The survey of more than 1,500 US adults from Jan. 25 to Feb. 8, 2021, found cable and satellite users among all US adults have plunged from 76% in 2015 to 56% last month. About 71% of respondents said they don't subscribe to cable or satellite because video content is abundant online. In comparison, 69% said cable or satellite costs are too high, and 45% of them don't watch enough TV to justify to costs of cable or satellite.
The acceleration of cord-cutting is rapidly transforming how content is viewed. The coronavirus pandemic exacerbated the trend as many gravitated towards popular streaming services like Netflix and Hulu have gained popularity.
Among respondents who don't have cable or satellite, 61% said they had cable or satellite service in the past, while 39% said they never subscribed.
Pew finds, "27% of U.S. adults are "cord cutters" and 17% have never had a cable or satellite subscription."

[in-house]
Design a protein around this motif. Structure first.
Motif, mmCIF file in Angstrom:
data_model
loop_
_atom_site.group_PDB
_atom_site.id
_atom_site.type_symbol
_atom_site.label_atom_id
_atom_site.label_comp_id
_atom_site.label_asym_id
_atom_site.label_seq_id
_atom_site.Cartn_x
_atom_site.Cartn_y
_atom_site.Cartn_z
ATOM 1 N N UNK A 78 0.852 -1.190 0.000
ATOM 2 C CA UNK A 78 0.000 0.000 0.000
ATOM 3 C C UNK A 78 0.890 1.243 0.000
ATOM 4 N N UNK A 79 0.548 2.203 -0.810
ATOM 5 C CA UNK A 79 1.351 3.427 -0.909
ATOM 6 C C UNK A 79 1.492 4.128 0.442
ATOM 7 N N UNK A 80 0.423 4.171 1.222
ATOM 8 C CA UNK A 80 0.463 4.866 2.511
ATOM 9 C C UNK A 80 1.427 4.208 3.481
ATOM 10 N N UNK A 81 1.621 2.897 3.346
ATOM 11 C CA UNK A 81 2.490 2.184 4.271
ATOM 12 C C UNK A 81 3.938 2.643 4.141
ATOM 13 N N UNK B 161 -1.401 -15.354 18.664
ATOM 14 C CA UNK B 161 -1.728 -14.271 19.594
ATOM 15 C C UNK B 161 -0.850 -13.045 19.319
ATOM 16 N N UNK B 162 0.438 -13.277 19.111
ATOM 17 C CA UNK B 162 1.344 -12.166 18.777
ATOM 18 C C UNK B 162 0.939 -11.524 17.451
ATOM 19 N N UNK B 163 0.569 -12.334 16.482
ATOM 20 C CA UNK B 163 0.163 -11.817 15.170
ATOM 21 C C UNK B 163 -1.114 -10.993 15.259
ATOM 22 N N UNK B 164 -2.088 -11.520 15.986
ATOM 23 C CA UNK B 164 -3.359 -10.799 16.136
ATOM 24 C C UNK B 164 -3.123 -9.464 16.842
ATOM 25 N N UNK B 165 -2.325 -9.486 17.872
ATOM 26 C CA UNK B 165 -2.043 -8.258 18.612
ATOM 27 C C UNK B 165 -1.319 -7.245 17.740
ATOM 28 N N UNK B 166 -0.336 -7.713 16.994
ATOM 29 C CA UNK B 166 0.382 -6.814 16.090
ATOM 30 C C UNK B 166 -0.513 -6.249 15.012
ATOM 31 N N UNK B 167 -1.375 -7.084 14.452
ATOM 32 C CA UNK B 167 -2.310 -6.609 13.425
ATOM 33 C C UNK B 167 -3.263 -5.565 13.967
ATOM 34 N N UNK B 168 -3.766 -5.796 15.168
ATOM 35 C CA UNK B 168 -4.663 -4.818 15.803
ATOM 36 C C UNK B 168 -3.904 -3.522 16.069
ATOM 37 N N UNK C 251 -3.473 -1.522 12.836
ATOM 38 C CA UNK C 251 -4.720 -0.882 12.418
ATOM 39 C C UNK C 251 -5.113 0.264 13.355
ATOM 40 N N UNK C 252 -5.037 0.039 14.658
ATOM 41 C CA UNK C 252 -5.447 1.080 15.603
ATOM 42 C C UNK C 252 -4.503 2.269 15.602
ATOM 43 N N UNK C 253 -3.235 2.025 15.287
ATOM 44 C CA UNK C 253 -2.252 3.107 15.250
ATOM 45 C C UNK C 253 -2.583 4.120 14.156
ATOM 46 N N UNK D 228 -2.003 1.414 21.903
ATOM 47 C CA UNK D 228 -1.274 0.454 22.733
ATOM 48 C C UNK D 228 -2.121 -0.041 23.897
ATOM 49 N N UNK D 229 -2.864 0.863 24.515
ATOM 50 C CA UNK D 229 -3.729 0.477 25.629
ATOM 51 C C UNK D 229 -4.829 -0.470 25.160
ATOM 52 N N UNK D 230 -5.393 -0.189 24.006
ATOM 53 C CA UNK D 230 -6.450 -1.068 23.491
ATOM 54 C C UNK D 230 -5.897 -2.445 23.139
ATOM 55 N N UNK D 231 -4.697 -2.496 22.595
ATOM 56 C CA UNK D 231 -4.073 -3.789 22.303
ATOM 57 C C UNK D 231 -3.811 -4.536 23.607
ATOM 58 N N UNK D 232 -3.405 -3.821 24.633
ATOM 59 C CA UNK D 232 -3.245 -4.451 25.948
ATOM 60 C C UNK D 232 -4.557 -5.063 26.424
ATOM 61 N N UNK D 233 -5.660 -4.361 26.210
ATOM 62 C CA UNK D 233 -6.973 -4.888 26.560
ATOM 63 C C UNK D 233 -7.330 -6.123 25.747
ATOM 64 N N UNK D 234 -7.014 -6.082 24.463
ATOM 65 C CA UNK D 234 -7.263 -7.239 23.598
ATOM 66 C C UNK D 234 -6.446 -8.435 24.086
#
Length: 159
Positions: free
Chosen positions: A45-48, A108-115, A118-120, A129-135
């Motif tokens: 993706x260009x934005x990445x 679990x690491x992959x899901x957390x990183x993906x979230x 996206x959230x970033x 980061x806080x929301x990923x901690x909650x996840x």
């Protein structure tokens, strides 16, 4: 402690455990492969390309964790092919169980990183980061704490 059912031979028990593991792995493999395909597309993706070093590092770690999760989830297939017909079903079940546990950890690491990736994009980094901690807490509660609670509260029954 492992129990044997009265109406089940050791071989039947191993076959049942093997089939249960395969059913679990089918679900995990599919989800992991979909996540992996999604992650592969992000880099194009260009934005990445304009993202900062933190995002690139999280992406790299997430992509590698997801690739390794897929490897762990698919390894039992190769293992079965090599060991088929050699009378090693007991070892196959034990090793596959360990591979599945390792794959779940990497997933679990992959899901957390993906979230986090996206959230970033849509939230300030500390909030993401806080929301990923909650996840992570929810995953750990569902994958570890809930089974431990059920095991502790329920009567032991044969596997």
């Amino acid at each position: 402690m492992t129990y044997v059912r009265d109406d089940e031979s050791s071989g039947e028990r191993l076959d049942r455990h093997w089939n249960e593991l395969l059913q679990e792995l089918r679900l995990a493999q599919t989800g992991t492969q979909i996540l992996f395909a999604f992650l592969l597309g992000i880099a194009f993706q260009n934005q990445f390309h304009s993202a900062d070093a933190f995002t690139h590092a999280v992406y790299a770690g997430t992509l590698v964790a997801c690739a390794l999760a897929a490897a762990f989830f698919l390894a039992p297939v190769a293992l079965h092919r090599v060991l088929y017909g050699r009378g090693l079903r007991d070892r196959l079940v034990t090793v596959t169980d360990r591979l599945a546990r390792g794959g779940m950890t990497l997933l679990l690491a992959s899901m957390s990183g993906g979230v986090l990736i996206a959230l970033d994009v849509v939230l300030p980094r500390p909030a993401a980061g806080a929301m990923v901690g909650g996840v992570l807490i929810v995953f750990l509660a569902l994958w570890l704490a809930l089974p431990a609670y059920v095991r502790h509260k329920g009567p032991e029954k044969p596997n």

The survey reveals demographic trends among cord-cutters. What's notable in the chart below is that the share of 18 to 29-year-olds subscribing to cable or satellite has plunged from 65% in 2015 to 34% as of last month. Meanwhile, baby boomers are perfectly contempt with cable or satellite with a minimal decline over the previous six years.
"Not only do young adults stand out for not using cable or satellite TV, they are also much more likely than their elders to have never gotten TV at home via cable or satellite – and to say they don't subscribe because they can find the content they want online," said Pew
What should be shocking for cable or satellite companies is that 61% of those who are ages 18 to 29 have never been a subscriber - with 91% of them indicating there's enough content online to watch - 57% say cable or satellite services are too expensive - and 53% of them say they don't watch enough TV.